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Legal feasibility checklist: Intra group transfer of UK trade and assets

Group Reorganisations

23 May 2014

This article provides a preliminary checklist of legal feasibility issues when transferring a UK trade and associated assets as part of a group reorganisation. It sets out some of the most common legal issues which typically arise and which can have a significant impact on the timing of such a transfer, or whether it can go ahead at all. It is not a substitute for legal due diligence.

1. Third party lenders and charge holders

Any third party charges over the assets to be transferred will need to be released, and a certificate of non-crystallisation should be obtained for assets which are subject to a floating charge. Consents may also be required under the terms of third party finance agreements.

2. Commercial contracts with third parties

These may include arrangements with third party customers, suppliers, licensors, licensees and joint venture partners. A risk-based review should be undertaken to assess whether the consent of the relevant counterparties must be obtained before the transfer goes ahead. If the third party has the right to terminate the agreement at short notice without cause, or if the contract has a short period left to run, then the decision may be taken not to seek consent before the transfer. The same view may be taken where the commercial value of the contract is not material in the context of the group.

3. Procurement arrangements

The transferor company may be an approved or preferred supplier in relation to procurement arrangements operated by government agencies or private sector bodies. If so, and if those arrangements are commercially significant, then they will need to be considered before going ahead with any transfer.

4. Regulatory licences and consents

Regulatory licences and approvals cannot usually be transferred as such, and arrangements will normally need to be made for the transferee to hold the relevant licences before the business is transferred. The timing depends on the type of licences involved – from data protection registrations at one end of the scale (which can be dealt with very quickly) to approvals by bodies such as the Financial Conduct Authority or overseas governments at the other end of the scale.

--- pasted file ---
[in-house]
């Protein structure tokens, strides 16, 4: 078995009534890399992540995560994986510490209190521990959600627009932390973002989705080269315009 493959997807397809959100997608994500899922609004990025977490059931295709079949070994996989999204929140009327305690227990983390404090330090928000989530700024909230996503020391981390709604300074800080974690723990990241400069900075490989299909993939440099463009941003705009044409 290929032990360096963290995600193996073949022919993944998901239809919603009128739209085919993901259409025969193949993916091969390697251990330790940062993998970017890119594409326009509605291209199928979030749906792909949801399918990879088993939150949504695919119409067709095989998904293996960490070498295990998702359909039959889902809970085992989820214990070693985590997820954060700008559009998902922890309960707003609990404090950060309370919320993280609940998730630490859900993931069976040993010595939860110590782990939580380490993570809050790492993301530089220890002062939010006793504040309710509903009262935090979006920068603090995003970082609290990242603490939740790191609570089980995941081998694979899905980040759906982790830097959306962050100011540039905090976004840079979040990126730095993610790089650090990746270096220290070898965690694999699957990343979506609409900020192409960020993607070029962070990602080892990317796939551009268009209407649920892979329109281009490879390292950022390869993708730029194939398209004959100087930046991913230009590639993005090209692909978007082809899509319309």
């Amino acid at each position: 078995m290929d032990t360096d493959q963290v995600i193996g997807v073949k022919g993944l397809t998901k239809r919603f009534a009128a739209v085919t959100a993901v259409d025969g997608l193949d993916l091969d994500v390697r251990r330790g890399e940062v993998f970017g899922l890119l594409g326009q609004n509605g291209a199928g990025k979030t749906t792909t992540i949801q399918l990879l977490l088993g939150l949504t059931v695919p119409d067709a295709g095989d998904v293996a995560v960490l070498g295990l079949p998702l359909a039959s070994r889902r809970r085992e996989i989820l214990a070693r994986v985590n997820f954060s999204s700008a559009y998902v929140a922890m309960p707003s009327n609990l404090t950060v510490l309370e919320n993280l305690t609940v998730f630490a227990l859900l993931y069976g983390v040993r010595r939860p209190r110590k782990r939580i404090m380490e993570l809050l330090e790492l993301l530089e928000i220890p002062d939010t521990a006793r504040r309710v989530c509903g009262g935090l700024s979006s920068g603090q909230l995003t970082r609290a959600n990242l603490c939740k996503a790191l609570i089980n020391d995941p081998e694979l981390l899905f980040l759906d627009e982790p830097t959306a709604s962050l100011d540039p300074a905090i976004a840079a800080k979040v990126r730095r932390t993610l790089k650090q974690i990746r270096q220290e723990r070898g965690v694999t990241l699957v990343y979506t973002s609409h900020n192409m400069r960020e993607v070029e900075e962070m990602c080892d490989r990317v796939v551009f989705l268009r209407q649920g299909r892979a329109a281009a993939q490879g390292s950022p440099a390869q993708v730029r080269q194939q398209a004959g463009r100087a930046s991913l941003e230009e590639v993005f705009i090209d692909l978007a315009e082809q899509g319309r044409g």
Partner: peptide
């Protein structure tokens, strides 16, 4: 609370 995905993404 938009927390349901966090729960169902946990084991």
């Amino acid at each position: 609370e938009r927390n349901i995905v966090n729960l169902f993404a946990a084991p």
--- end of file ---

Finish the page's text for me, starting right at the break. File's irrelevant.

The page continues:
5. Leases

Where the transferor company holds leasehold premises, the landlord’s consent is likely to be required in order to transfer them.

6. Employees

If employees are to transfer over but will remain on the same terms and no redundancies are planned, then in general the requirements of English employment law should be relatively simple to comply with. In other cases, the obligations to inform and consult with affected employees can be more onerous – for example, if there will be changes in the job descriptions of staff engaged by the transferor or transferee entities.

7. Pensions

If the transferring company participates in a defined benefit pension scheme, then a transfer of trade and assets can trigger a statutory debt. Advice on this should be taken as early as possible in the process.

8. Contingent liabilities

The transferring company may be subject to contingent liabilities, for example in relation to guarantees, contaminated land or potential health and safety claims. The status of these liabilities will usually need to be assessed before a transfer goes ahead.

9. Ongoing litigation

If there is any material ongoing litigation (whether as claimant or as defendant), specific advice will be needed as to how to deal with that litigation.

10. Minority shareholdings

If the transferor or transferee company has minority shareholders, then additional consents may be required at board and/or shareholder level.

11. Historic corporate finance transactions

The transferor or transferee company may hold ongoing rights or be subject to ongoing obligations under historic corporate finance transactions. If so, then the impact of the proposed transfer will need to be reviewed. Relevant rights and obligations could include non-compete clauses (restrictive covenants), earn-out provisions or conduct of business provisions.

12. Distributable reserves

If the transferring company has zero or negative distributable reserves, then the relevant trade and assets may need to be transferred at market value rather than book value. However, it is often possible to create reserves by a reduction of capital, so in practice this issue rarely has a significant effect on timing.

13. Sale of part of a business

In some cases, an intra-group transfer will relate to only part of the business and assets of the transferring company. Although this does not usually, of itself, create additional timing issues from a legal perspective, it does require additional work to define what should go across, what is staying in place, and what the ongoing relationship between the two companies will be.

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Article by
Paul Sutton
LCN Legal Co-Founder

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